Local newspapers in Mississippi, South Carolina, Kentucky, and West Virginia failed to show the connection between restrictive 20 week abortion bans currently being debated in their states' legislatures and a model bill by Americans United for Life (AUL) -- an anti-choice group dedicated to ending access to abortion in the United States.
AUL Authored 20 Week Abortion Ban Model Bill
AUL Crafted The "Women's Health Defense Act" Model In An Effort To Convince States To Ban Abortions After 20 Weeks. According to an article in Mother Jones AUL's 20 week ban model bill was premised on the "dubious premise that a fetus can feel pain at 20 weeks" and "emphasizes the potential harm to women":
Then there's AUL's bill for banning abortions after 20 weeks of pregnancy--often performed when tests that can only be done at this stage reveal severe birth defects. Though bans on late-term abortions are often pitched on the medically dubious premise that a fetus can feel pain at 20 weeks, AUL's model bill, the Women's Health Defense Act, emphasizes the potential harm to women, citing the health risks as well as potential "emotional complications" such as depression and anxiety. Arizona passed a version of the bill earlier this year; AUL consulted on a similar law passed in Georgia. [Mother Jones, September/October 2012, internal hyperlinks removed]
State Papers Fail To Show Connection Between AUL And 20 Week Ban
A Variant Of The AUL 20 Week Ban Bill Has Been Introduced In Mississippi, South Carolina, Kentucky, and West Virginia In 2014. AUL has successfully had a version their 20 week abortion ban model legislation, the Women's Health Defense Bill, introduced in the state legislatures of Kentucky, Mississippi, South Carolina, West Virginia. [Reuters, 2/13/14; Charleston Gazette, 2/13/14; The State, 2/6/14; Open States, 1/7/14]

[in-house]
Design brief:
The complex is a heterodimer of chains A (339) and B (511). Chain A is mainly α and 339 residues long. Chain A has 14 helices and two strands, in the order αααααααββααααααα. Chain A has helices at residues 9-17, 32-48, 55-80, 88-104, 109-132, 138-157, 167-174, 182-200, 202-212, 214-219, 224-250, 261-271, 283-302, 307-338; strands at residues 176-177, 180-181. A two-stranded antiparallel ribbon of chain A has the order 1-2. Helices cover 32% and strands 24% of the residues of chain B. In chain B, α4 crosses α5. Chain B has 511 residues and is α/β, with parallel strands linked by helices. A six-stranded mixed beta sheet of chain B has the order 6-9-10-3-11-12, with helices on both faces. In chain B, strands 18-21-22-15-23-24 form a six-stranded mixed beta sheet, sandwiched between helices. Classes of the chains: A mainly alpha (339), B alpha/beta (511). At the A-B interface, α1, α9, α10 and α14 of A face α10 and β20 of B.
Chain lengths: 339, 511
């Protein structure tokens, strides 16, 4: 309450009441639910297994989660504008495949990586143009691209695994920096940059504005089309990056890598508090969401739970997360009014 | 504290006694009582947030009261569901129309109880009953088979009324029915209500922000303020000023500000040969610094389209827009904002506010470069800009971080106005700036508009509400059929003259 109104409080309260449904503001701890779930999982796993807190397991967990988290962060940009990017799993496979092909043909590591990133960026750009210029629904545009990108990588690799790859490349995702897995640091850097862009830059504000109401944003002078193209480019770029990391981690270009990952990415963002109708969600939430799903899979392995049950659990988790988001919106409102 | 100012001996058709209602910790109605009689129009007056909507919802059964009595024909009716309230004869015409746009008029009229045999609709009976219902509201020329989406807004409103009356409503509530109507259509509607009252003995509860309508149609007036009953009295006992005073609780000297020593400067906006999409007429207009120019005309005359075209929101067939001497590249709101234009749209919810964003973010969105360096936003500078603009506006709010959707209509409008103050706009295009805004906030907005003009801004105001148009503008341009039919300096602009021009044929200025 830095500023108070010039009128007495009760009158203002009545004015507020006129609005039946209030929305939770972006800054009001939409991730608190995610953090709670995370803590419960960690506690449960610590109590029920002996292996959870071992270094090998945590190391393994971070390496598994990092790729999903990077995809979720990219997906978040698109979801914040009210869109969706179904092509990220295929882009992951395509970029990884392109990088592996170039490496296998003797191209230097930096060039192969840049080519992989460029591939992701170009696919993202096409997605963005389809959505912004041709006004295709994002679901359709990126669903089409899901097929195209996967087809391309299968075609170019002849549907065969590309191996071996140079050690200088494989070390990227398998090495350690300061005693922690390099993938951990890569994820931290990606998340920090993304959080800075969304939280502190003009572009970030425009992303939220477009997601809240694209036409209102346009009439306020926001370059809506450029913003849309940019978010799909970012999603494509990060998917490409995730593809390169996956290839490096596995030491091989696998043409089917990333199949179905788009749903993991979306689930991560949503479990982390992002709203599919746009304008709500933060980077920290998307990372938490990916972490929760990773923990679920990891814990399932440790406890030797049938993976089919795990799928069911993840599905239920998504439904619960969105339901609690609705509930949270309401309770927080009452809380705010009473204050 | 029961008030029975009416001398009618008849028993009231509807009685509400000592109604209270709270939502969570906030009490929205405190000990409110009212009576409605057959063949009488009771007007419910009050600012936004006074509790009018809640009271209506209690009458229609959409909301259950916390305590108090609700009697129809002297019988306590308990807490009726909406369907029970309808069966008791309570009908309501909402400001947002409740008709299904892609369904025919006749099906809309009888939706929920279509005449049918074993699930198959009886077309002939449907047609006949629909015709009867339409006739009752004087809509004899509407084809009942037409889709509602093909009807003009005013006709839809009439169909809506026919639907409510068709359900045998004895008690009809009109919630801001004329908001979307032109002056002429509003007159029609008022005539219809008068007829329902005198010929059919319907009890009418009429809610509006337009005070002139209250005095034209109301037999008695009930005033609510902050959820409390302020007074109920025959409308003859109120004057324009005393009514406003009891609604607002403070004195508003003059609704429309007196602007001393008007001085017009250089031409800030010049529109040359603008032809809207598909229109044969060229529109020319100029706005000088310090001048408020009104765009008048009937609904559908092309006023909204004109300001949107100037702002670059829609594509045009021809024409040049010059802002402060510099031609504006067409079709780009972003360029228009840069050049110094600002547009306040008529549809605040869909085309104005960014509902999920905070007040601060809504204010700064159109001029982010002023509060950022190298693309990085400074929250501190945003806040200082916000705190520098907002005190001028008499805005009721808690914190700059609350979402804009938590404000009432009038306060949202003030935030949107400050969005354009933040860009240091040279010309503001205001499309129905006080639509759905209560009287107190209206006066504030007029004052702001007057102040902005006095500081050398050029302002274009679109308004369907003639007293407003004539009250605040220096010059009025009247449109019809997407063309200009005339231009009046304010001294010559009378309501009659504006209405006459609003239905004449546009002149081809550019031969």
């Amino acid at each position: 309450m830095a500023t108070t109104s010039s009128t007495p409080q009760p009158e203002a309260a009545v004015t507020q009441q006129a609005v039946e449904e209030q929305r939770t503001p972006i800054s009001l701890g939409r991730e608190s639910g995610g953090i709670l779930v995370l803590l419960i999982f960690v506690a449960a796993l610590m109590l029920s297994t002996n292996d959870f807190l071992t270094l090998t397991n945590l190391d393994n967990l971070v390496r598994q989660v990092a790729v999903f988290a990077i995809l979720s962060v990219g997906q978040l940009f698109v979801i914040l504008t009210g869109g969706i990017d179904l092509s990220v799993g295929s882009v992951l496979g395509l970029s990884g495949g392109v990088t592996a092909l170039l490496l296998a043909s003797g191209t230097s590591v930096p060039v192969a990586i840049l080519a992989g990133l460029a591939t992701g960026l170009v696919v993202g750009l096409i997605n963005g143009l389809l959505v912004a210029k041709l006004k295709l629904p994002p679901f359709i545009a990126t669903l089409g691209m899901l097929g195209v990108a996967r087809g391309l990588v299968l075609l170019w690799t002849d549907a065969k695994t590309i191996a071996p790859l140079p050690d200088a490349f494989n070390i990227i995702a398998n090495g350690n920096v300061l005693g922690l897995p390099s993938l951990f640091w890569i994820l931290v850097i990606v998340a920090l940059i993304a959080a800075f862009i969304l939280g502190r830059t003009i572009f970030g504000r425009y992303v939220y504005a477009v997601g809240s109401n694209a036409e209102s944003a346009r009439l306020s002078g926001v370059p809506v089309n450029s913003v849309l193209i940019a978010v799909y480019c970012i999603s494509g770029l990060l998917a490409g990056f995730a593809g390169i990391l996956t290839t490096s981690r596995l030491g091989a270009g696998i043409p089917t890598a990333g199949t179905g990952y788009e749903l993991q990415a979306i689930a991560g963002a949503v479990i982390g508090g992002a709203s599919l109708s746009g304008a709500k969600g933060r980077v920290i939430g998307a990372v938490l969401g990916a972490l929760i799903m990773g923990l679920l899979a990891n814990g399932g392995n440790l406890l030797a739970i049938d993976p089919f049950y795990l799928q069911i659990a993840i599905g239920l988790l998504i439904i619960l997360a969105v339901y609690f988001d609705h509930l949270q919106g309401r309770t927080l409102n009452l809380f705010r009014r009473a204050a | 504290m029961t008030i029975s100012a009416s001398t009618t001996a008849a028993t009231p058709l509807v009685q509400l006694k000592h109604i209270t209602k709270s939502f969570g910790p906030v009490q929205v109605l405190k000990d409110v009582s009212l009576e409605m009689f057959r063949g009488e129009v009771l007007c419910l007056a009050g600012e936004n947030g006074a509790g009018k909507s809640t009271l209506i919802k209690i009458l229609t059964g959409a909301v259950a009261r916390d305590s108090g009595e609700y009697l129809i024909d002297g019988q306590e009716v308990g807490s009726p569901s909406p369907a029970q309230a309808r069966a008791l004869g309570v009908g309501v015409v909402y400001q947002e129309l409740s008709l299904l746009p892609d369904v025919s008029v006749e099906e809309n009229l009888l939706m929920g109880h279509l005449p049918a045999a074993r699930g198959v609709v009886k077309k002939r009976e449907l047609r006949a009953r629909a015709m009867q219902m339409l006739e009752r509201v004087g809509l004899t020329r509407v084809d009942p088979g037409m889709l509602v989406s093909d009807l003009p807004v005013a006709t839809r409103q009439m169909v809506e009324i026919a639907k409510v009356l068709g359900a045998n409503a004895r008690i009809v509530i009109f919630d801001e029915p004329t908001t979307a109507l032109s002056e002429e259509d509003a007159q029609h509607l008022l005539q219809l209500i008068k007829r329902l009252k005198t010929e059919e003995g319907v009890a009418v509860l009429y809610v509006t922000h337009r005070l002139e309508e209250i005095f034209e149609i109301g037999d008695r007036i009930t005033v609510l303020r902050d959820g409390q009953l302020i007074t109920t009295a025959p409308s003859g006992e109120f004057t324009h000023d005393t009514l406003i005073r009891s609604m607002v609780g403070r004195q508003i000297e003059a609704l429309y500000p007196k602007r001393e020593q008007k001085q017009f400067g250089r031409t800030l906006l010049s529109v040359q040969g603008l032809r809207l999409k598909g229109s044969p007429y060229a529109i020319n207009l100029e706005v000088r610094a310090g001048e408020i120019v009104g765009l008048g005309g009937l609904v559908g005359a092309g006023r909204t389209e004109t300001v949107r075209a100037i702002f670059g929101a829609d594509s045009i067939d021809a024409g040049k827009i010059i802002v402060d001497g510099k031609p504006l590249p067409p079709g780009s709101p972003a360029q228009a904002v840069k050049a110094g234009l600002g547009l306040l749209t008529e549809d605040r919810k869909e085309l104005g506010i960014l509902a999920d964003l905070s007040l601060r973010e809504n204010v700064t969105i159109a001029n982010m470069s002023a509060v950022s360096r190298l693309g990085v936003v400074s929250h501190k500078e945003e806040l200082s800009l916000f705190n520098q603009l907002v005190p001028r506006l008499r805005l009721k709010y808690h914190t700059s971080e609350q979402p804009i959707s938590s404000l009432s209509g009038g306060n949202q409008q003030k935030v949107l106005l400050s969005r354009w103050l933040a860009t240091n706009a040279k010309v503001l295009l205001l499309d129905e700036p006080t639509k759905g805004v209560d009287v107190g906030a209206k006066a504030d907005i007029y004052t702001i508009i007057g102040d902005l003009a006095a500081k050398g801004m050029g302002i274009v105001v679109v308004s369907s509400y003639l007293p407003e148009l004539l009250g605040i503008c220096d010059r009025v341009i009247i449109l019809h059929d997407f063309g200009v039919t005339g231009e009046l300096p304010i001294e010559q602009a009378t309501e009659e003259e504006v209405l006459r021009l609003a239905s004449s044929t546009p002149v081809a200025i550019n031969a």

Two Highest Circulating Newspapers In Mississippi, South Carolina, Kentucky, and West Virginia All Fail To Show Connection Between AUL And 20 Week Abortion Ban Legislation. A Media Matters research study revealed that none of the stories written in Kentucky, Mississippi, South Carolina, or West Virginia mentioned AUL, the creator of the model bills used by state legislators to push for the 20 week ban:
Politico: AUL Is Active In Pushing 20 Week Abortion Bans In Multiple States. According to a report by Politico, AUL is making their push for 20 week abortion bans a priority:
While anti-abortion activists are eyeing the remaining dozen or so GOP-controlled states without 20 week bans, they know that election-year politics could affect their pace of success. Lawmakers tend to focus on their individual races and shy away from controversial issues while at work legislatively.
Activists have also helped to push through a recent spate of laws that regulate clinics or place certain requirements on women before they may have an abortion, which often can have more immediate effect in limiting the procedure. However, SBA List and other organizations say that 20 week bans will remain a priority.
"Clinic regulations are on the rise...but there is great interest in limiting abortion at five months of pregnancy," said Kristi Hamrick, a spokeswoman for Americans United for Life. [Politico,2/14/14]